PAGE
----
This session was recorded live in Sydney, Australia during a 1965 tour.
While there is a slight "wow" on the Alton Purnell tracks, it
isn't distracting. The music is delightful and Alton Purnell was in greatshape
for the concert. His version of Yancey Special is truly original and better
than most other recordings that slavishly copied Jimmy Yancey. The same
applies to Alton's intense rendition of After Hours.
The pianist's "jackhammer" left hand dominates the boogie woogie
tracks and his unusual voice is well demonstrated on Gee Baby and Alberta,
a song synonymous with New Orleans performers. New Orleans Piano Blues
will appeal to both traditional jazz and blues enthusiasts.
- Richard Bourcier
Cadence Magazine - U. S. A.
Its title describing exactly what is contained within, New Orleans Piano
Blues combines two separate gigs, a decade apart and continents apart,
of Joseph Pleasant and Alton Purnell. Both Joseph and Purnell spent their
lives-which overlapped except for three-and-a-half years' difference in
their dates of birth and except for roughly two-and-a-half years' difference
between dates of death-pursuing careers in New Orleans Blues. The neatly
divided CD includes eleven tracks that Joseph (otherwise known as "Cousin
Joe") played in 1978 at the Pizza Express in London, while the remaining
eleven tracks capture one of Purnell's gigs in 1965 in Sydney. With fairly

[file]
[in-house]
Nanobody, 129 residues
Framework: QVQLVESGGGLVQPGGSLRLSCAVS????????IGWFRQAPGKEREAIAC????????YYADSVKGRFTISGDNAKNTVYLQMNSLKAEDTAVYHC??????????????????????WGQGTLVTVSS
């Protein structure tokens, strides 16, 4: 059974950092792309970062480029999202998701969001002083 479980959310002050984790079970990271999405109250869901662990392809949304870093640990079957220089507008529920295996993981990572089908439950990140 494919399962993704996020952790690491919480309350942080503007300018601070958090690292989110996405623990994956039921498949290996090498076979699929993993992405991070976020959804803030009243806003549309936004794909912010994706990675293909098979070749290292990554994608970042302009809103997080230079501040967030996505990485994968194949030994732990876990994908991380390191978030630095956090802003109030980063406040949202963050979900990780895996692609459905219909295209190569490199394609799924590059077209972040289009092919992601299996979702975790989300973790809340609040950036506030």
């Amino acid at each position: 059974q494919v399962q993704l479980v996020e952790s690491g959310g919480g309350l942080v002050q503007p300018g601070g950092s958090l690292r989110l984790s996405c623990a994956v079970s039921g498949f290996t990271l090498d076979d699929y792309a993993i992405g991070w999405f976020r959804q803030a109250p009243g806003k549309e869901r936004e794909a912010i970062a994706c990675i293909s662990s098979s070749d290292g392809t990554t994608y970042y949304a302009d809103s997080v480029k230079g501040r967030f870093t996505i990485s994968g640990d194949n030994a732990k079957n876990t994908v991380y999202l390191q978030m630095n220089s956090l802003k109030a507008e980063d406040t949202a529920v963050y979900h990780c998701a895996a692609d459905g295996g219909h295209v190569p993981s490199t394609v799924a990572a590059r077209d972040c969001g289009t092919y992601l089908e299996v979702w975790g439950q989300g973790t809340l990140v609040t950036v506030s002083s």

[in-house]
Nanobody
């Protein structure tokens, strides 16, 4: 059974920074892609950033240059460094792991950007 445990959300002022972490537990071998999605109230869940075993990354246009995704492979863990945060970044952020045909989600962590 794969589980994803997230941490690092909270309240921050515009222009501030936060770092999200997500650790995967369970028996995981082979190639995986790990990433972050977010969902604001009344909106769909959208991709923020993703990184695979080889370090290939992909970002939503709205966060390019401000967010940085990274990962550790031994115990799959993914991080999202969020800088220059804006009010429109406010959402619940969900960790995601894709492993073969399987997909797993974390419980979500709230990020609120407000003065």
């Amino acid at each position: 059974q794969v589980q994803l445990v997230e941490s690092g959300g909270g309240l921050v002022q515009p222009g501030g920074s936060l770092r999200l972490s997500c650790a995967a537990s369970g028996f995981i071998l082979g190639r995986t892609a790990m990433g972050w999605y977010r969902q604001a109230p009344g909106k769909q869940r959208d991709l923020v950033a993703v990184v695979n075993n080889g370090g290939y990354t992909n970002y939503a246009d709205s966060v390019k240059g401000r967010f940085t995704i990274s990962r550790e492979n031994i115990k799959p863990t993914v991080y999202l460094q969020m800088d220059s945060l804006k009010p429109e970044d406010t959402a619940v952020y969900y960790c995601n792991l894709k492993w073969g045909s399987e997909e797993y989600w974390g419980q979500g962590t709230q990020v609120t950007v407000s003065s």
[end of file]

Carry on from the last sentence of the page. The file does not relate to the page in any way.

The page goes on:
raw vocal qualities and an attraction to orneriness in their lyrics, both
blues-men evoke laughter and smatterings of applause from their audiences,
and it becomes clear that what you hear is who they are. the authenticity
of their music being an extension of their personalities. Obviously a
labor of love.
- Bill Donaldson
Just Jazz - British Jazz Magazine
I first came across Cousin Joe on a TV broadcast back in the sixties
on a BBC Omnibus programme about the Blues, in which he was interviewed,
and played and sang a few tunes. I then discovered that fie appeared on
a recording made on Bourbon Street with Freddie Kohlman's Band ol I Saw
Mommy Kissing Santa (laus in December, 19S2. Although primarily a solo
pianist and Blues singer, he did have spells with various bands in and
around New Orleans, including A.J. Piron, Kid Rena, Paul Barbarin, Harold
Dejan, and Dave Bartholomew.
The recording on this CD by Cousin Joe was made at the Pizza Express,
London, in 1978, and is pretty representative of any of his performances.
There areeleven tracks of his, including many originals. The other eleven
tracks are handed over to New Orleans pianist Alton Purnell, who is the
archetypal band pianist, heard here in a solo role, recorded while on
tour in Australia in 1965. He was still in his prime, having been the
youngest member ol the Bunk Johnson Band, and is in his usual 'cheeky'
form, performing a few Boogie-Woogies, and i selection of songs long associated
with Alton, including Gee Baby, Ain'll6ood To You, Have You Seen My Kitty?,
and Lady Be Good.
An excellent opportunity to heartwo differing piano styles rooted in the
New Orleans tradition, and Bill Bissonnette has to be congratulated in